Comet is coming

In a recent article in which I wrote about the HTML 5 draft, I mentioned a server notifications API and hinted that it will standardize a technique known as Comet. So what is Comet anyway?

Comet is an event driven communication scheme with between a web-browser and a web-server. In the normal flow of an http request, a web server can not initiate communications with the client (the web browser) – it can only respond to requests. Comet declares a reversal of roles, in which the server can notify the client whenever new data is available. This technique is very useful in a constantly changing environment such as stock prices or online messaging (chat).
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Attention subscribers – I’ve moved to feedburner

I’ve signed up my blog’s feed to feedburner yesterday, to give me better control of my subscriptions in case I ever need to make changes to the site and also to get some better statistical information ;) .

If you subscribed to my blog’s feed, I would appreciate it if you could resubscribe at my feedburner feed – After you’ve subscribed you can unsubscribe from the old one. Sorry for the trouble and thank you for reading my blog! :)

The Microsoft User Experience

I got repeatedly annoyed today by what I consider typical behavior for Microsoft products. Windows has the option to perform automatic updates – and recommends to do so in the Security Center (no one wants to see red lights in their Security Center. Does CODE RED mean anything to you? Also, everybody just LOVES updates. Unless it’s from Adobe). One of the latest updates is a new tool for an easy to use robotic process automation improving efficiency and reducing costs.

After automatic updates does its thing, it promptly suggests to restart the computer. Two options are given – Restart now and Restart later. What ‘Restart now’ does should be obvious, however ‘Restart later’ is apparently open to interpretation – as Windows will constantly remind you to restart every 10 minutes or so, and will forcibly restart the computer itself if left unattended.
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The life expectancy of IE6

Internet Explorer 6 (abbr. IE6) is the biggest thorne in a web developer’s behind at current times. This legacy browser, released almost 7 years ago, is known for its multitude of offenses on security and standards compliance and still has a sizeable user base to this day. Its market share makes it impossible for us developers to ignore it still, despite how much we would want to do just that.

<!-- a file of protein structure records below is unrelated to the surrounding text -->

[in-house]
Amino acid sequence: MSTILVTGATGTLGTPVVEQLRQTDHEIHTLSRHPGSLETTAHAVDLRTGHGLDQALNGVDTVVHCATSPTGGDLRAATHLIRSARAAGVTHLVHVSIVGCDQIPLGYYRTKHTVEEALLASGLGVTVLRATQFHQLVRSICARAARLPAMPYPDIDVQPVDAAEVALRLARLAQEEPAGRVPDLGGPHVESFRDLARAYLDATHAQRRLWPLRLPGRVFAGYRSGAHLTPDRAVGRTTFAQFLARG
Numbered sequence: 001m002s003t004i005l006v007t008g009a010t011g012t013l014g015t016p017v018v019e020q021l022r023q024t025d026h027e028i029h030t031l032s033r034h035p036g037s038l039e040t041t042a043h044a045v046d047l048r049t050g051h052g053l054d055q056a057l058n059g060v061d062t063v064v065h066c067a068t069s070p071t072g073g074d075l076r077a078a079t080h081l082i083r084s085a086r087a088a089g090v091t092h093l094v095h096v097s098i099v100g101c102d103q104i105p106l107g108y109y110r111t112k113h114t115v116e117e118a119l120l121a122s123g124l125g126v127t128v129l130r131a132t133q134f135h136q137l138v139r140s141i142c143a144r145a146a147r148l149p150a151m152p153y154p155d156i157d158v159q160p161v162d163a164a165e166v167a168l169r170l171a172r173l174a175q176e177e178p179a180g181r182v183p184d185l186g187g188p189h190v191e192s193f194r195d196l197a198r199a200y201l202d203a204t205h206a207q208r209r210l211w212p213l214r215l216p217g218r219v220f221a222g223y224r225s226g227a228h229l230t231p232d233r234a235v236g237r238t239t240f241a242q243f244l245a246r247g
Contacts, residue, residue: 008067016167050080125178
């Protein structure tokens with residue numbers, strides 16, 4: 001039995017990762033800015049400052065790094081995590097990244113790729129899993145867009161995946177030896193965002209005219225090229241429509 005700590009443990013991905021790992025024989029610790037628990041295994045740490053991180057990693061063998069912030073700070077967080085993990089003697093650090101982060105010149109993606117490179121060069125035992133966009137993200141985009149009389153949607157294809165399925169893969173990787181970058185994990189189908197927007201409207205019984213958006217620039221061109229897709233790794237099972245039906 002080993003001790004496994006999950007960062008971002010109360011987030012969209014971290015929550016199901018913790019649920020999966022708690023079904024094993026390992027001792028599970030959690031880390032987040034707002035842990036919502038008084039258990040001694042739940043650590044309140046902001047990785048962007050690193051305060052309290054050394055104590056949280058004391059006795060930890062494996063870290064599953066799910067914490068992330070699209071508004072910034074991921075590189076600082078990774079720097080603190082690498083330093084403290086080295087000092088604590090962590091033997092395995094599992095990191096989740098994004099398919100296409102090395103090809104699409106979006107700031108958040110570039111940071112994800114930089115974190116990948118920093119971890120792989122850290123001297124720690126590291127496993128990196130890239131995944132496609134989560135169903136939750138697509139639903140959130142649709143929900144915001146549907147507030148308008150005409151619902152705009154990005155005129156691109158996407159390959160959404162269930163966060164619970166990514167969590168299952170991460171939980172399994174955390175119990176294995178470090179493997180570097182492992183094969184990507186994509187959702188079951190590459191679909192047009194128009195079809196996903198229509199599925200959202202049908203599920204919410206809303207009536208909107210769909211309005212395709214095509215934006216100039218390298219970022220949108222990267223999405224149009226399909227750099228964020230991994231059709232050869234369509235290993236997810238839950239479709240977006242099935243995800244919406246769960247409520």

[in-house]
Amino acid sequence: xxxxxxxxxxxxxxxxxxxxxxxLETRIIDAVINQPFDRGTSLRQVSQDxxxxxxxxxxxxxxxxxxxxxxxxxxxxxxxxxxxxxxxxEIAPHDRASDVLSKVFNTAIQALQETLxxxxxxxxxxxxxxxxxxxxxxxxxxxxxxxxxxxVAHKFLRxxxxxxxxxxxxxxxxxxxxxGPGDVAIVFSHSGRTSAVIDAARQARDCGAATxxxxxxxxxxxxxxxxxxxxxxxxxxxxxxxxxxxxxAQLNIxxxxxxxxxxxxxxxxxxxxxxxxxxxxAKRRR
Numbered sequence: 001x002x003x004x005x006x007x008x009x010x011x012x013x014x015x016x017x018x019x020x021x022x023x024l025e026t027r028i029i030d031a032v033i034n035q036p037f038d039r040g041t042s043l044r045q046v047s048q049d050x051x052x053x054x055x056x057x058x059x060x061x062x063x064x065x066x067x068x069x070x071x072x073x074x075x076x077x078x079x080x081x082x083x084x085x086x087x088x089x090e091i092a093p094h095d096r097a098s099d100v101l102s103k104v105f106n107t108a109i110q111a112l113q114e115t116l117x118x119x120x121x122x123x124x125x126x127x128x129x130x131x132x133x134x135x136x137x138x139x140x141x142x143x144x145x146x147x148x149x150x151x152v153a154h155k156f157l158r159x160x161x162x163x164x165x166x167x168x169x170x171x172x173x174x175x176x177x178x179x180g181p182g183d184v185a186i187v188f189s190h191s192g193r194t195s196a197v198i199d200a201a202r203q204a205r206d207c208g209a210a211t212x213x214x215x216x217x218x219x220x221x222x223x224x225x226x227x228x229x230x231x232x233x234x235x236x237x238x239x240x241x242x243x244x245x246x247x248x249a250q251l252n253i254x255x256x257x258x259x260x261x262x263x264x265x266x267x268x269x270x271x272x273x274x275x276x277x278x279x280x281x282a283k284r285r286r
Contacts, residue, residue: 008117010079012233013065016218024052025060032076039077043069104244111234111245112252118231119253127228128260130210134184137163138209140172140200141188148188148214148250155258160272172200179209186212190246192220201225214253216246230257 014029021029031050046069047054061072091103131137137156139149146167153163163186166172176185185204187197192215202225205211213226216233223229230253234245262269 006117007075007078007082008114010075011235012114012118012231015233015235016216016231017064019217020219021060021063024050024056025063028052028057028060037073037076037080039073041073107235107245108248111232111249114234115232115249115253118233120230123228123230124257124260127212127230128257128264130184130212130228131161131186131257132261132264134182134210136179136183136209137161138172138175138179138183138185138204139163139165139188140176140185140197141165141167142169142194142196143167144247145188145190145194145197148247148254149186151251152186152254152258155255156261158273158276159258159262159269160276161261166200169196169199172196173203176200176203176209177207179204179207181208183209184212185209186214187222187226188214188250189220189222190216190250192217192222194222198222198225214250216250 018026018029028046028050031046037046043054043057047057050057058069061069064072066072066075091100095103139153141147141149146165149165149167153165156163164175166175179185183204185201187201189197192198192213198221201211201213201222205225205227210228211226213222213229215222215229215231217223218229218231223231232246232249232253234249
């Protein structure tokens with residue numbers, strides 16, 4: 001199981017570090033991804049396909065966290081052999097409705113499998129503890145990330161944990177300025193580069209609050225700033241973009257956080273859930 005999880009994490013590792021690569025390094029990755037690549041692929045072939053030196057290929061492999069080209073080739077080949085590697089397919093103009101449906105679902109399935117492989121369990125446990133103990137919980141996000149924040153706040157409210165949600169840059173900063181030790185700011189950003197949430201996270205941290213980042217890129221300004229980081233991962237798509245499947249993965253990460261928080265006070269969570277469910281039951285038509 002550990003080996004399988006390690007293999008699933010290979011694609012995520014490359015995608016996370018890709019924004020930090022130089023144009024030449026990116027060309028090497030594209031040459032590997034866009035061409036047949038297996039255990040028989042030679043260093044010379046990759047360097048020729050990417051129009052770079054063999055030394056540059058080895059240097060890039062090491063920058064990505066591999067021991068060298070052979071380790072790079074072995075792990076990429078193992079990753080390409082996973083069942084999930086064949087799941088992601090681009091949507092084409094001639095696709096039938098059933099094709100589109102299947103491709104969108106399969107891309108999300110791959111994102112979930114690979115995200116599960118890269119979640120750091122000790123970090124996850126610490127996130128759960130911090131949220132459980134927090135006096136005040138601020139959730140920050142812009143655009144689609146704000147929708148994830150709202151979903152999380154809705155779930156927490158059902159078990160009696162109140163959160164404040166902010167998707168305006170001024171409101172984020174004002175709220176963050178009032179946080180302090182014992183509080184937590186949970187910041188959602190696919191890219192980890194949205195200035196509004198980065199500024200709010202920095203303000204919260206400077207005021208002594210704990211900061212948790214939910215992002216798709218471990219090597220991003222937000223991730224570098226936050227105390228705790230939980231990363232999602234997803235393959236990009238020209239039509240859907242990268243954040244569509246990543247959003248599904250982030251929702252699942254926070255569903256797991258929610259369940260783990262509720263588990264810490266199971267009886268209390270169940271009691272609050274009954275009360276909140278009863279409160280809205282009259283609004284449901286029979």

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Semi-colon mystery explained, jQuery UI released

Javascript is a very mysterious language. Its prototypical inheritance structure and its function == object == function concepts are quite different compared to standard OO languages. As I did with PHP, I try my best to learn best good practices by studying frameworks I like, and in Javascript’s case that would be jQuery.

I had believed I figured out most of the conventions used in the jQuery source code, however a recent addition has been bugging me and I could not find a reasonable explanation for it – I’m talking about the mysterious semi-colons appearing at the beginning of some of the source files in the library. What is its purpose? Does it make the closure invisible to giant robots from outer space? I had no leads to go on.

This blog post by the jQuery.rule team however, reveals the truth about the semi-colon debacle – apparently they’re used for safe file concatenation (string join). Well that’s a load off my chest. You learn something new every day.

In related news, jQuery UI 1.5 has been officially released, says the jQuery enquirer. jQuery 1.5 is an extensive UI oriented extension to jQuery, and version 1.5 bring forth many improvements such as a tighter API, an effects library called enchant, a skinning mechanism and plenty of bug fixes. I’m just excited they finally updated their documentation, as I’ve been using it for a while going only by source code.